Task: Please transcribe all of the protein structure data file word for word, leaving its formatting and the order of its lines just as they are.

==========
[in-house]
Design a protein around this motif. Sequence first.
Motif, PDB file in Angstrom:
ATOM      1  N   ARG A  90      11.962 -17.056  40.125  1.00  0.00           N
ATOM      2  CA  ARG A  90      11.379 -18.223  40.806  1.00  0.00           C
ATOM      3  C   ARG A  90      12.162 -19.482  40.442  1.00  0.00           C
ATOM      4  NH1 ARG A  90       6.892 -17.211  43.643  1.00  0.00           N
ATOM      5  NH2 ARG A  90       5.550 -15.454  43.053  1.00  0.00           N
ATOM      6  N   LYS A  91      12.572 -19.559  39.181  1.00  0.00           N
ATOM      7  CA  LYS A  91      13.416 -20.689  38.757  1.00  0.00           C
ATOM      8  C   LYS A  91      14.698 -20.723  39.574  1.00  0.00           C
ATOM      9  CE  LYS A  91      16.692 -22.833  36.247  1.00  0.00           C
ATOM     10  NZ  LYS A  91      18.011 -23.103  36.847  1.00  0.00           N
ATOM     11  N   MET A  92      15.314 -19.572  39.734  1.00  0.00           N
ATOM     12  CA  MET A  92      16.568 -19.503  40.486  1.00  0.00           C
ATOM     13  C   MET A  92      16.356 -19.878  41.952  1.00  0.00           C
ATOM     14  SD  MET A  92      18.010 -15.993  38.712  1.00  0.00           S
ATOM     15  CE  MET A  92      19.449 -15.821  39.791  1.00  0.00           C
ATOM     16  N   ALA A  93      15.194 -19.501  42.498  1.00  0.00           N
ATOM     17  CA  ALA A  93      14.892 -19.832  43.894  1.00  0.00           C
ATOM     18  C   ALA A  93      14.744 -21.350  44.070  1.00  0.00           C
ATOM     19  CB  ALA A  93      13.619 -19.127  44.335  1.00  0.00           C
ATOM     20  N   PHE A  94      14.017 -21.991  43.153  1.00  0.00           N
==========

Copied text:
[in-house]
Design a protein around this motif. Sequence first.
Motif, PDB file in Angstrom:
ATOM      1  N   ARG A  90      11.962 -17.056  40.125  1.00  0.00           N
ATOM      2  CA  ARG A  90      11.379 -18.223  40.806  1.00  0.00           C
ATOM      3  C   ARG A  90      12.162 -19.482  40.442  1.00  0.00           C
ATOM      4  NH1 ARG A  90       6.892 -17.211  43.643  1.00  0.00           N
ATOM      5  NH2 ARG A  90       5.550 -15.454  43.053  1.00  0.00           N
ATOM      6  N   LYS A  91      12.572 -19.559  39.181  1.00  0.00           N
ATOM      7  CA  LYS A  91      13.416 -20.689  38.757  1.00  0.00           C
ATOM      8  C   LYS A  91      14.698 -20.723  39.574  1.00  0.00           C
ATOM      9  CE  LYS A  91      16.692 -22.833  36.247  1.00  0.00           C
ATOM     10  NZ  LYS A  91      18.011 -23.103  36.847  1.00  0.00           N
ATOM     11  N   MET A  92      15.314 -19.572  39.734  1.00  0.00           N
ATOM     12  CA  MET A  92      16.568 -19.503  40.486  1.00  0.00           C
ATOM     13  C   MET A  92      16.356 -19.878  41.952  1.00  0.00           C
ATOM     14  SD  MET A  92      18.010 -15.993  38.712  1.00  0.00           S
ATOM     15  CE  MET A  92      19.449 -15.821  39.791  1.00  0.00           C
ATOM     16  N   ALA A  93      15.194 -19.501  42.498  1.00  0.00           N
ATOM     17  CA  ALA A  93      14.892 -19.832  43.894  1.00  0.00           C
ATOM     18  C   ALA A  93      14.744 -21.350  44.070  1.00  0.00           C
ATOM     19  CB  ALA A  93      13.619 -19.127  44.335  1.00  0.00           C
ATOM     20  N   PHE A  94      14.017 -21.991  43.153  1.00  0.00           N